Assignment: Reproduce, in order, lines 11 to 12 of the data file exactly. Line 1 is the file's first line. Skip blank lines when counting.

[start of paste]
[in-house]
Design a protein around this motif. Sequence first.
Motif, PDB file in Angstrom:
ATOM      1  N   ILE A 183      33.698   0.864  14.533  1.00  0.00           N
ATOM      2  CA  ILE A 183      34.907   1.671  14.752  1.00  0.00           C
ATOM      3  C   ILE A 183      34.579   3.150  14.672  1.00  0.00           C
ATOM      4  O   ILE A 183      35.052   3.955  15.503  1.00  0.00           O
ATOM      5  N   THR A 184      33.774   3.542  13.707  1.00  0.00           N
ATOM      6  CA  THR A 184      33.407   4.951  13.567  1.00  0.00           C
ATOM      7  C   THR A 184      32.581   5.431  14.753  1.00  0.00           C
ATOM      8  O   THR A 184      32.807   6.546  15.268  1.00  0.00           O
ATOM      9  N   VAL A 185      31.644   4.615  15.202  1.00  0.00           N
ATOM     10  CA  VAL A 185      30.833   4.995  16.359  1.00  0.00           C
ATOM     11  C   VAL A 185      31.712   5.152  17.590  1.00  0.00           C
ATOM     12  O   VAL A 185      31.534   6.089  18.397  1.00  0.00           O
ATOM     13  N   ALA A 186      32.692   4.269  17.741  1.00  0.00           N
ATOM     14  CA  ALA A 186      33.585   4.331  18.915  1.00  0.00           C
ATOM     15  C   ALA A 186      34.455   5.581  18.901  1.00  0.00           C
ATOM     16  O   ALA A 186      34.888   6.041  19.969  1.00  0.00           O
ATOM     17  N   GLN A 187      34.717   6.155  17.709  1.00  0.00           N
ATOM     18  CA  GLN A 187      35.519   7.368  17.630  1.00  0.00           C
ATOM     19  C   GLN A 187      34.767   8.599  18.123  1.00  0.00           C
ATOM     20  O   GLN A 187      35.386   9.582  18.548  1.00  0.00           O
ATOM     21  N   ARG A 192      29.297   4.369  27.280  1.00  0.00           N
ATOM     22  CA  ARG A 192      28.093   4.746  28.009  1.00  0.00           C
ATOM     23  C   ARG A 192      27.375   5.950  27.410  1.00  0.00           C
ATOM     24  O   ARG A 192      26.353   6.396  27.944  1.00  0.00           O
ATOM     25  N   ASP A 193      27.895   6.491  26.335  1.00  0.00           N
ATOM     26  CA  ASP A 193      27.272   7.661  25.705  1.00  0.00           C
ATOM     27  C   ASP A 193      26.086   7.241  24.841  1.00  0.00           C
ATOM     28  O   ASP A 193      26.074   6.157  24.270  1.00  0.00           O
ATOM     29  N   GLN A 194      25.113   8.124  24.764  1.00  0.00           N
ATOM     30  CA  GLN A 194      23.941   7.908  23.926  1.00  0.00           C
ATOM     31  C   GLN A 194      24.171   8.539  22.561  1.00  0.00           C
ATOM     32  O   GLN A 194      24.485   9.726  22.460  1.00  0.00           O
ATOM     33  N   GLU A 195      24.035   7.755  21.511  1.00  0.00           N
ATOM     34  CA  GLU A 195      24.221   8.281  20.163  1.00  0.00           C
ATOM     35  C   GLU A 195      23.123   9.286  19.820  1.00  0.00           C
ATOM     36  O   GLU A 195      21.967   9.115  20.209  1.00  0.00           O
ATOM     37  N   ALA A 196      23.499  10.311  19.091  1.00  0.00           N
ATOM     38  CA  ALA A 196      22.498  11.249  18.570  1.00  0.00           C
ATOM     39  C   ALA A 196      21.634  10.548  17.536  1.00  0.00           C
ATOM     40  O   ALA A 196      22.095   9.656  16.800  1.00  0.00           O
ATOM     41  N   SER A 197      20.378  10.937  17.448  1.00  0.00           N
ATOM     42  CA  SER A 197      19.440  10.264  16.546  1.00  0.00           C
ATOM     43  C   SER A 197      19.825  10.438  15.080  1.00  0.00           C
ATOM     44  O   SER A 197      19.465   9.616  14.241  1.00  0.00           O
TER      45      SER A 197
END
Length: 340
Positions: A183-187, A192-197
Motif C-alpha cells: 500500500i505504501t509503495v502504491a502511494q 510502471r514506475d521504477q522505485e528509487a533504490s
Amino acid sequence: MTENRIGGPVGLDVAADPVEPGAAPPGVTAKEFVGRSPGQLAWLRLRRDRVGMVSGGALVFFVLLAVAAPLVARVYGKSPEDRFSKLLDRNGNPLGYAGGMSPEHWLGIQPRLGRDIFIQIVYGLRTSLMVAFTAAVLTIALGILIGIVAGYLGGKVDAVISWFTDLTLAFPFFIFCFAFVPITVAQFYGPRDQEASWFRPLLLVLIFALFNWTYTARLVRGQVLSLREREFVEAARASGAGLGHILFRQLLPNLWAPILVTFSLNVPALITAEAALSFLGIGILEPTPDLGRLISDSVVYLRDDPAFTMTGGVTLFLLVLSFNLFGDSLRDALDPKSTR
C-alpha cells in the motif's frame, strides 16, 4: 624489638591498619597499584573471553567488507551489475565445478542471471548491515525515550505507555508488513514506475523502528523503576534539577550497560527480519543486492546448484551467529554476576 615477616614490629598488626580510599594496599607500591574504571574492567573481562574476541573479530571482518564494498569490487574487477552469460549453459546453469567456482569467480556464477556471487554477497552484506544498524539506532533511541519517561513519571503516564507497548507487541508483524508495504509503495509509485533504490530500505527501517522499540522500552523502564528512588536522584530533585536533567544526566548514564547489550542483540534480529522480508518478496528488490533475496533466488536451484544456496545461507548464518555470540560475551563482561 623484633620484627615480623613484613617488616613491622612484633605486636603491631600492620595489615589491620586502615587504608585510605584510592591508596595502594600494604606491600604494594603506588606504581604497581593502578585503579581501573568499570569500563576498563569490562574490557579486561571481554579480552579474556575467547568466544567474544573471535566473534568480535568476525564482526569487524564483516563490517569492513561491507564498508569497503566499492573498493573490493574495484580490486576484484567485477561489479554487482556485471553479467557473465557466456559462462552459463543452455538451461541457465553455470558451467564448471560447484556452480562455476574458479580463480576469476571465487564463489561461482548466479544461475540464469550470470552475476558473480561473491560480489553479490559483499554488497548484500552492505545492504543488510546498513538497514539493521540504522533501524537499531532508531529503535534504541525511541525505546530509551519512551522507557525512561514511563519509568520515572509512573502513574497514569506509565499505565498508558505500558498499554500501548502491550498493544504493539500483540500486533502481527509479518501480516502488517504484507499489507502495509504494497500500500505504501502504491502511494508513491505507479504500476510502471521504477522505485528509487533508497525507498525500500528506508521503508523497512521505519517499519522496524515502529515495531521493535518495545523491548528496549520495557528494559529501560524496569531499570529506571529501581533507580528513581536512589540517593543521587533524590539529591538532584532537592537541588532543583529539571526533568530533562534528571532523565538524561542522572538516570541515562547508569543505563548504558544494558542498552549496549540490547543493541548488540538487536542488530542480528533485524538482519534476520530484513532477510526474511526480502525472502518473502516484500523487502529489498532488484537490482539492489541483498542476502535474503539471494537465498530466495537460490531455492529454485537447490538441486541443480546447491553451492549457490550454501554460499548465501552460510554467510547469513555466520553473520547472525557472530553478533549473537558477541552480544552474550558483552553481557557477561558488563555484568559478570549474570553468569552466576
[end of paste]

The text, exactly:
ATOM      8  O   THR A 184      32.807   6.546  15.268  1.00  0.00           O
ATOM      9  N   VAL A 185      31.644   4.615  15.202  1.00  0.00           N